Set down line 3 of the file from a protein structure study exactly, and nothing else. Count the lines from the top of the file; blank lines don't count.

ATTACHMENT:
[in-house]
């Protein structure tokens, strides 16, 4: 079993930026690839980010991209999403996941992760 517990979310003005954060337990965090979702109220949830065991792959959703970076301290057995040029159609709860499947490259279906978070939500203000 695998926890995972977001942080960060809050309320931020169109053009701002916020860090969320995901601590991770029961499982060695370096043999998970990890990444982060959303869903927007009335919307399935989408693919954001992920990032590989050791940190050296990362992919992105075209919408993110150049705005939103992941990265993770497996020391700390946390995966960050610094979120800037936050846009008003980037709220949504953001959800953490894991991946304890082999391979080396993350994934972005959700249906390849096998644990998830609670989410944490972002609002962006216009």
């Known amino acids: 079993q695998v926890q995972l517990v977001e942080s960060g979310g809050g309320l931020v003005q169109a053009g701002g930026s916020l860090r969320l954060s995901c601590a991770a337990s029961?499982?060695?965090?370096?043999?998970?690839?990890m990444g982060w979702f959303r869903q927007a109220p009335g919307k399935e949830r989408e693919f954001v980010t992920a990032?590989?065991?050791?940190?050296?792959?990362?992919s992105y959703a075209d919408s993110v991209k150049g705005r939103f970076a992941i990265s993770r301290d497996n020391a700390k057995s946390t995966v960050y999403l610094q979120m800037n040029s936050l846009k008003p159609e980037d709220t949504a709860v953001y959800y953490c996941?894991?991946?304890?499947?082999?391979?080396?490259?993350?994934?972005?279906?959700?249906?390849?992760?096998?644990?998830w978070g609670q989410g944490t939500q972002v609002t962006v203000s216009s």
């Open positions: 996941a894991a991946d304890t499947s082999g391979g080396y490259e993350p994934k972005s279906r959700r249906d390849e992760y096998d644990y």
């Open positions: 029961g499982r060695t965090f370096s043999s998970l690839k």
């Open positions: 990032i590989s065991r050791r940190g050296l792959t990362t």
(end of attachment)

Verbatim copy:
């Known amino acids: 079993q695998v926890q995972l517990v977001e942080s960060g979310g809050g309320l931020v003005q169109a053009g701002g930026s916020l860090r969320l954060s995901c601590a991770a337990s029961?499982?060695?965090?370096?043999?998970?690839?990890m990444g982060w979702f959303r869903q927007a109220p009335g919307k399935e949830r989408e693919f954001v980010t992920a990032?590989?065991?050791?940190?050296?792959?990362?992919s992105y959703a075209d919408s993110v991209k150049g705005r939103f970076a992941i990265s993770r301290d497996n020391a700390k057995s946390t995966v960050y999403l610094q979120m800037n040029s936050l846009k008003p159609e980037d709220t949504a709860v953001y959800y953490c996941?894991?991946?304890?499947?082999?391979?080396?490259?993350?994934?972005?279906?959700?249906?390849?992760?096998?644990?998830w978070g609670q989410g944490t939500q972002v609002t962006v203000s216009s």